Ok, I did look like a witch. My jet black hair billowed down to my waist. One of my irises was green and the other one was blue, and I was unnaturally small. But that didn’t mean I was a witch. However, my opinion didn’t count—it was the village elders’ that did—and they said I was a witch. Was to be sentenced to death. At the age of 14. And my parents didn’t even get a say in it. Well that was usually the way, since they were dead, another of the reasons I was particularly “witchy”—they had died the second I was born. But against all odds, I had survived up until now. I had kept a low profile. I had made sure I was nowhere near anyone when they died. I had made do all by myself.So it was a real shame when the lord’s idiot, slimy son had died of an unknown cause, or, that is “curse.” A real shame when one of the servants had let slip that I was the maid that had served him his soup that very day. And a huge shame that I was sitting in a jail cell a few hours after that unfortunate incident, waiting for my death day . . .
That is exactly when I decided I wasn’t going to die on that day, or any other day soon. In fact, I was going to live up to a ripe old age, though how I was to accomplish that amazing feat I didn’t know.
I bashed my fists against the cold, grimy stone slabs that made up my lovely cell. Finally looking around at my surroundings, I realized that there were sharp little cracks running all over the walls where bigger, stronger prisoners had evidently tried to break themselves free. The ceiling was made of metal bars crisscrossed against each other widely, so you were let loose to the weather but weren’t able to get out. Weren’t able to get out, that is if you were the huge, heavy figure that the town elders had to wrestle into the prisons usually. Fortunately for me, I wasn’t that huge, heavy figure but unnaturally small. Small enough to fit through the bars. Small enough to escape.
Hurriedly, as I didn’t know when the guards were to take me to one of the numerous death machines that they used on witches, I scaled a cracked wall, being sure to avoid the slippery moss patches that speckled the cell. The simple effort of hauling my body up toward the ceiling brought whole rivers of sweat cascading down my brow- my usual job as a maid didn’t require this amount of personal strength. Just as I reached upwards to one of the metal bars, I heard the heavy stomp of my guard, the jangle of my cell keys and the screech of the knob being turned on the cell door. My time was up.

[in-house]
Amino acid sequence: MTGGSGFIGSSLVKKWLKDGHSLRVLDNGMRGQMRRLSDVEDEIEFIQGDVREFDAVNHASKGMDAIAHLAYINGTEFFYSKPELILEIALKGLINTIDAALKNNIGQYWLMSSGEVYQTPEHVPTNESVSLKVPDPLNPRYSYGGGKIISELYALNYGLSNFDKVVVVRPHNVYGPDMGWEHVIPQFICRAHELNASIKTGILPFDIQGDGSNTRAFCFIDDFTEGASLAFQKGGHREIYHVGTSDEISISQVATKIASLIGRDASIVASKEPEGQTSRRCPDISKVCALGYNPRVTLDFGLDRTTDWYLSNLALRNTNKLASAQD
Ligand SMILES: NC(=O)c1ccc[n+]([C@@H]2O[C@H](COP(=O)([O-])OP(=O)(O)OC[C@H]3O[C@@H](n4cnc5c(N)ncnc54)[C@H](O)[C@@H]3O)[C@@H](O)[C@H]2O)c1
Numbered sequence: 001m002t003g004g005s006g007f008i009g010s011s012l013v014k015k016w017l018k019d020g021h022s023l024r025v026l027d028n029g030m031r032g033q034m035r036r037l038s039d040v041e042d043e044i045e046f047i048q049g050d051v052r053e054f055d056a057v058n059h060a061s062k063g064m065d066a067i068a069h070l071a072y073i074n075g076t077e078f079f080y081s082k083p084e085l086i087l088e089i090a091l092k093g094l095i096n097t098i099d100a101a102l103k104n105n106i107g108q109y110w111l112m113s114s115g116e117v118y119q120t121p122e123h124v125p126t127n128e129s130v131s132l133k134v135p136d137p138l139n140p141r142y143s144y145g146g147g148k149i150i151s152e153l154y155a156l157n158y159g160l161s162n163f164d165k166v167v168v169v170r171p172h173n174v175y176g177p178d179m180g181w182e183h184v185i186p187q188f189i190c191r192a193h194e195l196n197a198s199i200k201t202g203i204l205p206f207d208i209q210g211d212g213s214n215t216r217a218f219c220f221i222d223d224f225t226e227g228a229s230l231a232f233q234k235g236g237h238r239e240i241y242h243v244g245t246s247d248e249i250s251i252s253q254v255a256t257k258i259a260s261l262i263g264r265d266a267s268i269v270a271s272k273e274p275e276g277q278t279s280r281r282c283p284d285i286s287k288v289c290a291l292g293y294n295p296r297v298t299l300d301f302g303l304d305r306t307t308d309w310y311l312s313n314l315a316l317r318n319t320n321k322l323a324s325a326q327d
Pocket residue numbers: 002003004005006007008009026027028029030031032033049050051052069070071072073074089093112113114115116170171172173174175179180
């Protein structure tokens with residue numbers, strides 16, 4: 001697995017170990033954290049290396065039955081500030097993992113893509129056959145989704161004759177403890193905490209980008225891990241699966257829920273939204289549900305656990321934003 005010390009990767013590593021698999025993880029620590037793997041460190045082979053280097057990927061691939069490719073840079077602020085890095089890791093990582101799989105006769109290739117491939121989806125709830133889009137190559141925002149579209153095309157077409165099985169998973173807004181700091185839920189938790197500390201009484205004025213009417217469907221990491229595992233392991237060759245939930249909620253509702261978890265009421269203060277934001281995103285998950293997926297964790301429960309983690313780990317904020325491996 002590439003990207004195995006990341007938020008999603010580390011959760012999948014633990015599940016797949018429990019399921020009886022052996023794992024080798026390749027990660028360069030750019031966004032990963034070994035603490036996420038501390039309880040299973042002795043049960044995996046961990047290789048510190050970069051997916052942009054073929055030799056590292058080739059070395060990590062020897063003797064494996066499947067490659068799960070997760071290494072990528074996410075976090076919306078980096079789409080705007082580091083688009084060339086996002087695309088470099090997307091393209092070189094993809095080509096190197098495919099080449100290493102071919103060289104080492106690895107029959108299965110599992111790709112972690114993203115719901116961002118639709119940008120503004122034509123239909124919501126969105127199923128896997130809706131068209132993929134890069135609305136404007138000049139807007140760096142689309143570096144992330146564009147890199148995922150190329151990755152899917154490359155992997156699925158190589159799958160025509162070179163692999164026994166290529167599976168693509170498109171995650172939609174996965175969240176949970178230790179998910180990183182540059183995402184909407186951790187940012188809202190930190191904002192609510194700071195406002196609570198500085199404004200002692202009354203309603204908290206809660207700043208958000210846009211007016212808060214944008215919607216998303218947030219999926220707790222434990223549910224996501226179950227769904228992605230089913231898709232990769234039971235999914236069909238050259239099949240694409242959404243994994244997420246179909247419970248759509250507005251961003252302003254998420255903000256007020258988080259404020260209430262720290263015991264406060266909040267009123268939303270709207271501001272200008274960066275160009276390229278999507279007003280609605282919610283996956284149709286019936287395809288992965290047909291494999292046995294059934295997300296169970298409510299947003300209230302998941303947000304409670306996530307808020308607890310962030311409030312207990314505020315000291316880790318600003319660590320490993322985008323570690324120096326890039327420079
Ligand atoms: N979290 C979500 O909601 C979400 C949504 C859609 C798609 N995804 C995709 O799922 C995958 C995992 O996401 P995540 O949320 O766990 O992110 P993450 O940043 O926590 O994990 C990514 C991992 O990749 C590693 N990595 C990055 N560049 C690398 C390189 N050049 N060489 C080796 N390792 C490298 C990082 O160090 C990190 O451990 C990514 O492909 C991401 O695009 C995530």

The guard slowly dragged his feet into the cell, sending huge clouds of dust billowing upwards with every footfall, as he bellowed at the top of his voice (an unnecessary feat) “Alri’ you ‘orrible witch girl, today’s your lucky day! We’re sendin’ you ta the gallows!”
He stayed there for a few painful seconds, grinning around madly with an expectant look to his face, as if he was used to prisoners jumping up merrily and saying back to him in the happiest tone ever, “Oh thank you so, so much for getting me the gallows, it was the nicest thing you could have done, I’ll go there right away!”
If that was the case, which I suspected not, then this certain jailer was in for a surprise. I was not wasting my life or the excellent hiding place that I had found inside an air vent in the corner of the cell by answering, just to please an evidently delirious prison guard!
This certain prison guard was apparently not pleased. He sent his fists the size of sledge hammers crashing against the wall violently while yelling with utmost fury ,“Thas’ it, I gave you your chance! I was nice ta you! You will pay! You will be tortured! You will get out here right now! ***!!??!?!>@£$&%!!!??!?***” (That was too much of rude language for your ears).
Finally realizing that I wasn’t going to come to him willingly, he squinted through his tiny, beetle-like eyes around the miniature cell. I was nowhere to be seen. As his seemingly miniscule brain apparently couldn’t handle any more intolerance, he bellowed out at the top of his lungs, “EMERGENCY!!! EMERGENCY!!! PRISONER ESCAPEE!!!! CELL 201!!! I REPEAT CELL 201!!!” With that, he strode merrily out the, rather a bit too tiny for my likings, room!
I needed to act quickly: I knew that the other guards wouldn’t come in here straight away. They would probably check the courtyard first. That would have been a dead end escape route if I had somehow gotten out through the door. However, they would eventually realize that I had somehow fooled the exceedingly stupid guard they had given me.
As quick as a flash, I popped my head out of the air vent and reached up to one of the bars to try and get a firm grip. I slipped and my hand came off the bar black and encrusted with rust. I was going to have to tackle this certain problem differently.
Ripping off one long strip of material of my grubby, jail smelling shirt, I tied this on to the bar, and a much better result came out of it. I was able to cling on to this while swinging back and forth, back and forth gaining speed and height. The second my toes touched one of the bars, I wrapped my legs around the bar, getting as tight a grip as I possibly could. Squeezing my slender, miniscule body through the gap, I gasped in the fresh air around me and felt the icy wind whip up my hair.
For a second I thought I wasn’t going to make it. My hips had got jammed in a tight spot and I couldn’t seem to be able to budge them. But then, with a mighty heave, I was able to make it through the bars and out to freedom. Or so I thought.